Nonpecuniary Class Action Settlements
Geoffrey P. Miller
New York University School of Law
Government of the United States of America - Office of the General Counsel
Law and Contemporary Problems, Vol. 60, No. 4, Autumn 1997 [Published: December 1998]
This paper provides a theoretical and empirical analysis of "nonpecuniary" class action settlements -- coupons, monitoring arrangements, securities issuance, reverter funds and fluid recoveries. Because of valuation problems, these settlements can be criticized because they facilitate deals between plaintiffs' attorneys and defendants, reducing the benefits available to class members. On the other hand, there are potential economic benefits from these settlements. Coupon settlements conserve the difference between wholesale and retail prices; monitoring settlements offer potential economies in providing insurance; securities settlements and reverter funds address problems of potential insolvency of the defendant, and fluid recoveries may optimally deter wrongdoing in cases where compensatory damages would not. We argue that courts engaged in fairness review of nonpecuniary settlements should apply the following test: "Is the settlement under consideration as good or better for members of the class, with a range of reasonable error, than what realistically could be expected in a cash settlement?" We support our analysis with a review of 127 class action settlement notices taken from the New York Times, and by a nationwide survey of class action attorneys' fees rules.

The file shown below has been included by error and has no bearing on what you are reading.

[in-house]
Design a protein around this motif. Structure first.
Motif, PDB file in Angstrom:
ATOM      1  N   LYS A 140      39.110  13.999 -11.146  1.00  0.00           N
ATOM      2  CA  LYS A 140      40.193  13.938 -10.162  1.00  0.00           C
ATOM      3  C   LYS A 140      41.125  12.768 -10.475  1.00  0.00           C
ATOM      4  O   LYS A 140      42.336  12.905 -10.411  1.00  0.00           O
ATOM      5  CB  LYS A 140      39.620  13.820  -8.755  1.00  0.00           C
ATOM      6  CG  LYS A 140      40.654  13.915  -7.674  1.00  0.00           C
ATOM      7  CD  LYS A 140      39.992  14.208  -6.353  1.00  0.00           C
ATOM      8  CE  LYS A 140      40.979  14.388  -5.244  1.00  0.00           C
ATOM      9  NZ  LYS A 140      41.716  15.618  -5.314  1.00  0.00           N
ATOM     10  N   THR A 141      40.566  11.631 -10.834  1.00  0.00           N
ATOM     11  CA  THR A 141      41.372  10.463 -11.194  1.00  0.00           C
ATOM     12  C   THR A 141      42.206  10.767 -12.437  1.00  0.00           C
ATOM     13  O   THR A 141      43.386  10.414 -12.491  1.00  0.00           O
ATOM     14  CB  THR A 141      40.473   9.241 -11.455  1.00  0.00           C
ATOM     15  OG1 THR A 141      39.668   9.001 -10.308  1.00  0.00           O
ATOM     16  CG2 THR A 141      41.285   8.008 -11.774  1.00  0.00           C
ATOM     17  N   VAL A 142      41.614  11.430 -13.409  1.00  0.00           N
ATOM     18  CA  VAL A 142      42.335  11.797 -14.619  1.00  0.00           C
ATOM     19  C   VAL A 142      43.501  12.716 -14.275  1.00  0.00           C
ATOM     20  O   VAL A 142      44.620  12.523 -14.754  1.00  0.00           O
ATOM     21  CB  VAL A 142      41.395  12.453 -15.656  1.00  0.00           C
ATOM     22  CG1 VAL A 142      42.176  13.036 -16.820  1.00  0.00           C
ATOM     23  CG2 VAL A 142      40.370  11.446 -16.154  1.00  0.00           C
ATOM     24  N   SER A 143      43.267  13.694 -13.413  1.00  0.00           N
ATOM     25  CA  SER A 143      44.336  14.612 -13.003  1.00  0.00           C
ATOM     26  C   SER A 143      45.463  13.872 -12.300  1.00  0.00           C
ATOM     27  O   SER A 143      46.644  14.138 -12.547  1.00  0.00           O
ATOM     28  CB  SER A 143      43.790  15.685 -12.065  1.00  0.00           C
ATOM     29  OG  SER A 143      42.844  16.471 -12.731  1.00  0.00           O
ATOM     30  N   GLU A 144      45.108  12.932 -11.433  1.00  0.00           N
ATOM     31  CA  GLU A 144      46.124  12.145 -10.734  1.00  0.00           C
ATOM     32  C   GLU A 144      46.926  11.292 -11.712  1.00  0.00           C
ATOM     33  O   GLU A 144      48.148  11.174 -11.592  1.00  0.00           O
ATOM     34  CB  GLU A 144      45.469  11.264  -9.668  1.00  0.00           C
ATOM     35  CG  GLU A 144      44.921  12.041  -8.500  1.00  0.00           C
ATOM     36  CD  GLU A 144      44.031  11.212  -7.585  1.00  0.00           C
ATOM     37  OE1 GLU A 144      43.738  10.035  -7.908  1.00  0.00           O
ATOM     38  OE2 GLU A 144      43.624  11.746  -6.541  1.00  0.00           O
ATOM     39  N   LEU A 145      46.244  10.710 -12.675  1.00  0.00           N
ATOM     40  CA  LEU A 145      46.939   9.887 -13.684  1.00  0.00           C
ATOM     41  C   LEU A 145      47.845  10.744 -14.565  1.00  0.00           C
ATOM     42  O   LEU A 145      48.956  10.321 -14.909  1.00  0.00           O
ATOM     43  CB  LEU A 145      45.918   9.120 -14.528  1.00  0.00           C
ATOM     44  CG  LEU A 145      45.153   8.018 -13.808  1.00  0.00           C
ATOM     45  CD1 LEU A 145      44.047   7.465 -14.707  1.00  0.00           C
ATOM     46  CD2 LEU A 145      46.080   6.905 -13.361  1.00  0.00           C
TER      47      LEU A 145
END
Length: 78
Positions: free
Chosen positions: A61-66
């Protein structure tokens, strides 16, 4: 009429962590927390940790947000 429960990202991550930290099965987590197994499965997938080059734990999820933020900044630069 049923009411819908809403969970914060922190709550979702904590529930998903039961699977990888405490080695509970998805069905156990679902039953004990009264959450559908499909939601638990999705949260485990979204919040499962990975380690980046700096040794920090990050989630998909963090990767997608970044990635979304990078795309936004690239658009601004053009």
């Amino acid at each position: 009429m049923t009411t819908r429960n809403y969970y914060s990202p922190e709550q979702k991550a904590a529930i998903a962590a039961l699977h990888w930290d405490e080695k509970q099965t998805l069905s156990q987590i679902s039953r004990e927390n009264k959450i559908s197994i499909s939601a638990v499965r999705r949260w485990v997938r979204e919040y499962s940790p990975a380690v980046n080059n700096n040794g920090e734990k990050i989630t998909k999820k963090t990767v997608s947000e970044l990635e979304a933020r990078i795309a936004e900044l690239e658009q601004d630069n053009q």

Note: This is a description of the article and is not the actual abstract. The views expressed in the article do not represent the views of the Department of Health and Human Serivces.
JEL Classification: K41Accepted Paper Series
Date posted: February 2, 1999
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